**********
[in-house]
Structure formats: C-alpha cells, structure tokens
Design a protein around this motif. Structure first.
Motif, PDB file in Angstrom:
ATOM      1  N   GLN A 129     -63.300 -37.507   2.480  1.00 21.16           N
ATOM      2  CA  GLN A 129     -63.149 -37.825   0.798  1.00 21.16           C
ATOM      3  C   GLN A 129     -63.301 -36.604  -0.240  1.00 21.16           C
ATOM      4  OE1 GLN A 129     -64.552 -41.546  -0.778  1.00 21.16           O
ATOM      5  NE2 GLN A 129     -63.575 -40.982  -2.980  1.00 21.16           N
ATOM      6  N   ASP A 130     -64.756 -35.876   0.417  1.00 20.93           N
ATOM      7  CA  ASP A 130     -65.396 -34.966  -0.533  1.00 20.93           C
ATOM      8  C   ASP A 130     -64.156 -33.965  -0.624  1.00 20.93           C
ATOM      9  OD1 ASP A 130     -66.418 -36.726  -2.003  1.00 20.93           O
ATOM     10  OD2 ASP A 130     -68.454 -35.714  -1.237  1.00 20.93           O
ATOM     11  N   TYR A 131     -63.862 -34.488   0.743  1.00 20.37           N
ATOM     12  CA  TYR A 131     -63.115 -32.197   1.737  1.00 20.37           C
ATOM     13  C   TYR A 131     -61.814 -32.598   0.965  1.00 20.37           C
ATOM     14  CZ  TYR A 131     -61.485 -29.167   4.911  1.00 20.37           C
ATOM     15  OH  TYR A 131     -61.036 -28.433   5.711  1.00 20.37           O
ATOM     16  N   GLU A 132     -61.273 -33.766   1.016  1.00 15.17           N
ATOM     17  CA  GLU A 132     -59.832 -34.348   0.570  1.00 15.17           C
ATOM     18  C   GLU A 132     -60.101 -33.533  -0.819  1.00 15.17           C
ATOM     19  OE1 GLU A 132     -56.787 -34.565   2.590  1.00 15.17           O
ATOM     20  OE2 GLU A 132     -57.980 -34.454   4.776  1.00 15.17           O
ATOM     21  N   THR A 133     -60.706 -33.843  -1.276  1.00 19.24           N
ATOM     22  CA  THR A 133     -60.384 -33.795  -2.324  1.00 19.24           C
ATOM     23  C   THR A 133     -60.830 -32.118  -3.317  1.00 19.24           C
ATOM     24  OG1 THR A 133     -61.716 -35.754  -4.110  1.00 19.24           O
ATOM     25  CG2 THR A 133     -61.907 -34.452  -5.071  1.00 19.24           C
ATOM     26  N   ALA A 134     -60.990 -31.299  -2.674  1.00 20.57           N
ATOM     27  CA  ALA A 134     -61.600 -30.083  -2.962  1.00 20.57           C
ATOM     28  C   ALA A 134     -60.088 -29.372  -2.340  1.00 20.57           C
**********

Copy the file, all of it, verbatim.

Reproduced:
[in-house]
Structure formats: C-alpha cells, structure tokens
Design a protein around this motif. Structure first.
Motif, PDB file in Angstrom:
ATOM      1  N   GLN A 129     -63.300 -37.507   2.480  1.00 21.16           N
ATOM      2  CA  GLN A 129     -63.149 -37.825   0.798  1.00 21.16           C
ATOM      3  C   GLN A 129     -63.301 -36.604  -0.240  1.00 21.16           C
ATOM      4  OE1 GLN A 129     -64.552 -41.546  -0.778  1.00 21.16           O
ATOM      5  NE2 GLN A 129     -63.575 -40.982  -2.980  1.00 21.16           N
ATOM      6  N   ASP A 130     -64.756 -35.876   0.417  1.00 20.93           N
ATOM      7  CA  ASP A 130     -65.396 -34.966  -0.533  1.00 20.93           C
ATOM      8  C   ASP A 130     -64.156 -33.965  -0.624  1.00 20.93           C
ATOM      9  OD1 ASP A 130     -66.418 -36.726  -2.003  1.00 20.93           O
ATOM     10  OD2 ASP A 130     -68.454 -35.714  -1.237  1.00 20.93           O
ATOM     11  N   TYR A 131     -63.862 -34.488   0.743  1.00 20.37           N
ATOM     12  CA  TYR A 131     -63.115 -32.197   1.737  1.00 20.37           C
ATOM     13  C   TYR A 131     -61.814 -32.598   0.965  1.00 20.37           C
ATOM     14  CZ  TYR A 131     -61.485 -29.167   4.911  1.00 20.37           C
ATOM     15  OH  TYR A 131     -61.036 -28.433   5.711  1.00 20.37           O
ATOM     16  N   GLU A 132     -61.273 -33.766   1.016  1.00 15.17           N
ATOM     17  CA  GLU A 132     -59.832 -34.348   0.570  1.00 15.17           C
ATOM     18  C   GLU A 132     -60.101 -33.533  -0.819  1.00 15.17           C
ATOM     19  OE1 GLU A 132     -56.787 -34.565   2.590  1.00 15.17           O
ATOM     20  OE2 GLU A 132     -57.980 -34.454   4.776  1.00 15.17           O
ATOM     21  N   THR A 133     -60.706 -33.843  -1.276  1.00 19.24           N
ATOM     22  CA  THR A 133     -60.384 -33.795  -2.324  1.00 19.24           C
ATOM     23  C   THR A 133     -60.830 -32.118  -3.317  1.00 19.24           C
ATOM     24  OG1 THR A 133     -61.716 -35.754  -4.110  1.00 19.24           O
ATOM     25  CG2 THR A 133     -61.907 -34.452  -5.071  1.00 19.24           C
ATOM     26  N   ALA A 134     -60.990 -31.299  -2.674  1.00 20.57           N
ATOM     27  CA  ALA A 134     -61.600 -30.083  -2.962  1.00 20.57           C
ATOM     28  C   ALA A 134     -60.088 -29.372  -2.340  1.00 20.57           C